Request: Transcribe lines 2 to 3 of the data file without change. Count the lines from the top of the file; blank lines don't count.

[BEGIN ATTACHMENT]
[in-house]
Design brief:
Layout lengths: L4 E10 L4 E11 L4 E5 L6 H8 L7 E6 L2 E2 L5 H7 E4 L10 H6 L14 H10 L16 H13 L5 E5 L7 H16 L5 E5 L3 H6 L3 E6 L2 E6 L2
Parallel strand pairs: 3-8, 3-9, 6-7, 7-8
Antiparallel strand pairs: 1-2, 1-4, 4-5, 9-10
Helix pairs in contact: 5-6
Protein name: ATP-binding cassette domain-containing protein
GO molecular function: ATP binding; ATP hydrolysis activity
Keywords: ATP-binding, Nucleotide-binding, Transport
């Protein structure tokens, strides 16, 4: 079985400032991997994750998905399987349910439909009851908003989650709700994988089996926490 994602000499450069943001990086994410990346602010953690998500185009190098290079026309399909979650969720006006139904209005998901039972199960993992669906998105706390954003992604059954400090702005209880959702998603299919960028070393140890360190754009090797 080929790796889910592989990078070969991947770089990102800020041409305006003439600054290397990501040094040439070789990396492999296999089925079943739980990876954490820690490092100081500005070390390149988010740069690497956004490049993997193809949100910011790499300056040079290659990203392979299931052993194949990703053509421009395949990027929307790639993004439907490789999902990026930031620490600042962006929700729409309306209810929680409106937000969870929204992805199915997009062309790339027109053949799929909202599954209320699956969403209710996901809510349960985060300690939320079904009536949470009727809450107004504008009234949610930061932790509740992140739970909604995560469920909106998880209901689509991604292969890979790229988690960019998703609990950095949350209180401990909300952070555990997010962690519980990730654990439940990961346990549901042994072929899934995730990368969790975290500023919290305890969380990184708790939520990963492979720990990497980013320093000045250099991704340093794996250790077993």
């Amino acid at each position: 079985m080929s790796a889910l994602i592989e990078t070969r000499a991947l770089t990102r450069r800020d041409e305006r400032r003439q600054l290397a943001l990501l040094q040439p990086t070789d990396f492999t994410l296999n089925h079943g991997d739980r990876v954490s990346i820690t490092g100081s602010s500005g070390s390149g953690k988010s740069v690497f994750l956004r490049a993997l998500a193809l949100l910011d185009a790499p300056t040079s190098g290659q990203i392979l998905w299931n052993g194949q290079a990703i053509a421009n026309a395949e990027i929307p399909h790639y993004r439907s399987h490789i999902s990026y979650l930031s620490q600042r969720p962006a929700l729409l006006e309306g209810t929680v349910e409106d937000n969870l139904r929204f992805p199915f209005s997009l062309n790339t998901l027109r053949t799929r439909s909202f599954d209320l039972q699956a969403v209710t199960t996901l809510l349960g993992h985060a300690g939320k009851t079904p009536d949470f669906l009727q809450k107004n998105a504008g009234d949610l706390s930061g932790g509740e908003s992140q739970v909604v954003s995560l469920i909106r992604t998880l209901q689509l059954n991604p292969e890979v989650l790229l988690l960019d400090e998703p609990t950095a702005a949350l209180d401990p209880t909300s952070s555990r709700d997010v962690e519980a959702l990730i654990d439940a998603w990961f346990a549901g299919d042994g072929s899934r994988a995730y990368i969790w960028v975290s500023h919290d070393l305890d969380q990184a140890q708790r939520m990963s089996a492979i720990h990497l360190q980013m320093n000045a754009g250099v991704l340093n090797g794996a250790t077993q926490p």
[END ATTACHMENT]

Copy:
Design brief:
Layout lengths: L4 E10 L4 E11 L4 E5 L6 H8 L7 E6 L2 E2 L5 H7 E4 L10 H6 L14 H10 L16 H13 L5 E5 L7 H16 L5 E5 L3 H6 L3 E6 L2 E6 L2